Honestly, I couldn’t believe my ears when I heard it. I was flipping though my CNN app on my iPhone when I saw the video for J Crew’s newest size for women’s clothing – 000. That’s right, triple zero. I can’t begin to fathom their thinking on this despite the rationale they purport. Their reasoning is that Asian customers need smaller sizes available to them.
This somehow suggests that Americans don’t yearn for the idealized thinness and size identifications of young Asian girls in J Crew stores. But they do. Being as ultra thin as possible and getting the smallest size clothing label are obsessions for so many of the anorexic women we see as clinicians in the eating disorder field. It’s not an American issue either. Where do we see some of the highest rise in anorexic patient numbers? Asia!
J Crew has been in hot water for some time thanks to the designer wear’s “matchstick” and “toothpick” denim designs, their vanity sizing methods (clothing size numbers moving upward to make someone think they have moved down in size), and fixation on all things skin-tight. But going with the 000 size seems to speak to their tone-deaf attitude. Whatever it takes to move product seems to be their motto, even at the cost of young people’s body image, self-esteem, and health.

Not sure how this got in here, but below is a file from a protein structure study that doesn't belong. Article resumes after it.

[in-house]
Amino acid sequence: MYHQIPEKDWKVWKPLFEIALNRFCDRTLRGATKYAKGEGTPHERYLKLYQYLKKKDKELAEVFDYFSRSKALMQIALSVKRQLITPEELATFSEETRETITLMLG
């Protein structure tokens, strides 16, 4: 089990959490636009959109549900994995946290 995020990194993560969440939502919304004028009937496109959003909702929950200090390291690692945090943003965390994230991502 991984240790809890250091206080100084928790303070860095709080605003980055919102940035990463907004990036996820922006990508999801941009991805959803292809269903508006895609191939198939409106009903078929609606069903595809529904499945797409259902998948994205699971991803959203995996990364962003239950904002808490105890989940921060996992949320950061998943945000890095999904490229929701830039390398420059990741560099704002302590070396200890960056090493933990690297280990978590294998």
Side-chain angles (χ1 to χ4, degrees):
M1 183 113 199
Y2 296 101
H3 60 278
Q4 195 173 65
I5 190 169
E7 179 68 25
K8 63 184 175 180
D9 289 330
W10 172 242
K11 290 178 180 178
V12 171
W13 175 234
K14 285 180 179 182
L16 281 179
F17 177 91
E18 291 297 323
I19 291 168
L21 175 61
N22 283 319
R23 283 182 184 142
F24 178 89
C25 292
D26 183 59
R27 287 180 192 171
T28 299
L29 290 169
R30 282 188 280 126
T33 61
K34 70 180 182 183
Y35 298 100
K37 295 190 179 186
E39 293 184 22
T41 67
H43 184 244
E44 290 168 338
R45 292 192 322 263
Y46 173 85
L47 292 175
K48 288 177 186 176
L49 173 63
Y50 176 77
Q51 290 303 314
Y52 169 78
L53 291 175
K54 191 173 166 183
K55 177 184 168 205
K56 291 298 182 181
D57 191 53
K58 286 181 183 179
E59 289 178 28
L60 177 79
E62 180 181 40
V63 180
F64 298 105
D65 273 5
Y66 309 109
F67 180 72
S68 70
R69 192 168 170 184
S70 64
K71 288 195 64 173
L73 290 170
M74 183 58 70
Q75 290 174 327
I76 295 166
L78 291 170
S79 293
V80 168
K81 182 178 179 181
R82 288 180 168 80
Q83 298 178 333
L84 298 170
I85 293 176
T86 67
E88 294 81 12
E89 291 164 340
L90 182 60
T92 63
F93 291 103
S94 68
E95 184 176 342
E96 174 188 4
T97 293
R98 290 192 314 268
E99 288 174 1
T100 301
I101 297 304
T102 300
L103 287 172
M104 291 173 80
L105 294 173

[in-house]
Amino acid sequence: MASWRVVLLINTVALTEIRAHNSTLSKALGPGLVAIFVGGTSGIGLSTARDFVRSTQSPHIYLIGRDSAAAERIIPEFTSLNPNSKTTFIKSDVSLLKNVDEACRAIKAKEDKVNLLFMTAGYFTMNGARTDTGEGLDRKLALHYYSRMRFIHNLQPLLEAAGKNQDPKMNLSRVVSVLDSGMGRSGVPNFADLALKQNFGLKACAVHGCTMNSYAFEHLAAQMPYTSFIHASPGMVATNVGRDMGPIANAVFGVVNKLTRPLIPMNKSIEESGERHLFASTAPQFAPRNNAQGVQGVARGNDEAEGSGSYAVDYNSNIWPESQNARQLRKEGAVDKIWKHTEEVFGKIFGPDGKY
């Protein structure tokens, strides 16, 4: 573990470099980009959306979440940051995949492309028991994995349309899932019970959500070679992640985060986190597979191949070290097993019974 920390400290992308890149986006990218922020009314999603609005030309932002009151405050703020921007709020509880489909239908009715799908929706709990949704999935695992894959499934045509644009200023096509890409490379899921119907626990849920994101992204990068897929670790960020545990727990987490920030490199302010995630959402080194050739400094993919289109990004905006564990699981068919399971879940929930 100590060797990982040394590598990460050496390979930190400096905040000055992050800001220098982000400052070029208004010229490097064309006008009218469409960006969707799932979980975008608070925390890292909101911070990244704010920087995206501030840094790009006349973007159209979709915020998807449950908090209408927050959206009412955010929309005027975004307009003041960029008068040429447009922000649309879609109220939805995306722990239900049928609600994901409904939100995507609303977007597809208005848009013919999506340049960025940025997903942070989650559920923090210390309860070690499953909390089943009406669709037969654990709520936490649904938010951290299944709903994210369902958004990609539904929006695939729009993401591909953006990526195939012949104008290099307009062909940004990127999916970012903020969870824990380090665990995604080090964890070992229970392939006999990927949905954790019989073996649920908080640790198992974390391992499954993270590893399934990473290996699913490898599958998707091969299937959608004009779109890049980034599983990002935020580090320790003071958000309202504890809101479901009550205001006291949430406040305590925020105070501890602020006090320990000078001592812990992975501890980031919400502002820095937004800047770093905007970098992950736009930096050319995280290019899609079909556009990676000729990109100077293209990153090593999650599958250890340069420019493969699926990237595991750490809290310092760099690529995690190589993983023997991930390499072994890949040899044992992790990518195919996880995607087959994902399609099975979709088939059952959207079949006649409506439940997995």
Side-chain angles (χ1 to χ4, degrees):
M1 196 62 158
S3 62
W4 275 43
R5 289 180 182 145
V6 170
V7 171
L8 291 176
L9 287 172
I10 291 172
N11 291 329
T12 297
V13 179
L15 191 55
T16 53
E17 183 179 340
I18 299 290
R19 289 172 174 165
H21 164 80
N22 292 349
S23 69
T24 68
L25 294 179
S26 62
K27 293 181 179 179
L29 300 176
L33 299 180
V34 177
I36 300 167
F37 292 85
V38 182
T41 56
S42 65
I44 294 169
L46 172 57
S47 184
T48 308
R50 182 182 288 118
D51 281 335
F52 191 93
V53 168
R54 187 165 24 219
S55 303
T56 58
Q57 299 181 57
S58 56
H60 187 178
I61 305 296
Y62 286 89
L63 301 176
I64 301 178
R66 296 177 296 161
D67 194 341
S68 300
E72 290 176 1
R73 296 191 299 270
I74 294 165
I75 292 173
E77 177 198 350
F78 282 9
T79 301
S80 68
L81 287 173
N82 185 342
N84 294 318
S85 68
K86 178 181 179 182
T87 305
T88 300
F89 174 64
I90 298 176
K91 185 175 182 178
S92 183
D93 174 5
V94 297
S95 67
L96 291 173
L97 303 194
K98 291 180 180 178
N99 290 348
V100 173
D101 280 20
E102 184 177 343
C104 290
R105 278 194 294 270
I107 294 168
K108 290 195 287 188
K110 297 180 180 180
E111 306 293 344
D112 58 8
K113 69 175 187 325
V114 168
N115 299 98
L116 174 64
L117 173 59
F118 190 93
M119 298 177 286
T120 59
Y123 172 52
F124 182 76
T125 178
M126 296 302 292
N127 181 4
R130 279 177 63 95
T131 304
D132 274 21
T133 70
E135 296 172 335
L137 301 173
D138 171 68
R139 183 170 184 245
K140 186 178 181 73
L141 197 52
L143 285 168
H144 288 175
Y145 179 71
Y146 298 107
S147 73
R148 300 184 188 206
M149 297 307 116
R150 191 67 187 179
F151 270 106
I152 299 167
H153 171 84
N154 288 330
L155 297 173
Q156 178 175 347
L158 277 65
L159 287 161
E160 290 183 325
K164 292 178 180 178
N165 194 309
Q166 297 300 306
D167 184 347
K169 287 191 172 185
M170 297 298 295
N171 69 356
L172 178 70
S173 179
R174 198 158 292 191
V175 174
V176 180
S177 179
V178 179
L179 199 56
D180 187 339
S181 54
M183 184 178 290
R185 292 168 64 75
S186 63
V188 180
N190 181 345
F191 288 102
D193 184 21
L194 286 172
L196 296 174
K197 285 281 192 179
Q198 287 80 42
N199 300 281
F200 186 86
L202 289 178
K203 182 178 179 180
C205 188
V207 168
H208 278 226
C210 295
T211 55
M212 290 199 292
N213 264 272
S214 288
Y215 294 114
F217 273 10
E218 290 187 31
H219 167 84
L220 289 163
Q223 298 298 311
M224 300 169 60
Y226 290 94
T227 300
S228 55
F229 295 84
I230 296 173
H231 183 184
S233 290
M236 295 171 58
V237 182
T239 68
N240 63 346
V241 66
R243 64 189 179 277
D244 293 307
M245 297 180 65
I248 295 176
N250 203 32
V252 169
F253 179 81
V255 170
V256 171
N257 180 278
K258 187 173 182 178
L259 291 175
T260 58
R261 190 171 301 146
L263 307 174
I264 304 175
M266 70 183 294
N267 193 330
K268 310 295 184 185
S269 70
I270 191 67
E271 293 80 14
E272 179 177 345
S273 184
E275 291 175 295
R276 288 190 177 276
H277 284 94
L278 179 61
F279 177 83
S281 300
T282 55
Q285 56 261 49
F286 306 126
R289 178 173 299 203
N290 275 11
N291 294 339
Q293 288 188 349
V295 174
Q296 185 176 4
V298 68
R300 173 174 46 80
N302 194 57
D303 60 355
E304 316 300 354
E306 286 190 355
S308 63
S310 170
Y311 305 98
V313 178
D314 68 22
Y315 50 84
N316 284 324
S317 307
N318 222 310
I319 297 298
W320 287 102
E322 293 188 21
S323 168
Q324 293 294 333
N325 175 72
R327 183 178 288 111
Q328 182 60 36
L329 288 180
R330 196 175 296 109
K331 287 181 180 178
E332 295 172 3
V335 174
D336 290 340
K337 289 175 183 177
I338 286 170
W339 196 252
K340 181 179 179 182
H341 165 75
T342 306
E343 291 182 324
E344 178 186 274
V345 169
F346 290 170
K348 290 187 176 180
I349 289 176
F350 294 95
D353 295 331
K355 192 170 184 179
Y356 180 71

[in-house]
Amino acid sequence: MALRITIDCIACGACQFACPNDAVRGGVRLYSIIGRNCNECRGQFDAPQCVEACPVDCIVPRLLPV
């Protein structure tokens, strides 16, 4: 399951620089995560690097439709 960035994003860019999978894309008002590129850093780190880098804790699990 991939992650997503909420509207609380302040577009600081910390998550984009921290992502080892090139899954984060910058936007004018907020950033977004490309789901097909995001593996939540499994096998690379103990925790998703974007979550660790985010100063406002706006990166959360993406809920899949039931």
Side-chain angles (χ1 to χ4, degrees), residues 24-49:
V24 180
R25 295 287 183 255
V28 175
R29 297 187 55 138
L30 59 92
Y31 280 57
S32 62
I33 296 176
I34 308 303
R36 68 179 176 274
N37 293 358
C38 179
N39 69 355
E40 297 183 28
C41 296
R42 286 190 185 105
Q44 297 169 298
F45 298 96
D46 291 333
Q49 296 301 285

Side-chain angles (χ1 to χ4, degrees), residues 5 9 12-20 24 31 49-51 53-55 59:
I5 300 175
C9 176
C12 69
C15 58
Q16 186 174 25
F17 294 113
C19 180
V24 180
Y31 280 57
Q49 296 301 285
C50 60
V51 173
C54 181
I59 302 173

My hope is this latest backlash will have an impact on their bottom line so they can sew a better hem line for the rest of us.
By Andrew Walen, LCSW-C - Founder, Executive Director, Psychotherapist at The Body Image Therapy Center. If you would like to get in touch with Andrew please call 443-602-6515 or email email@example.com.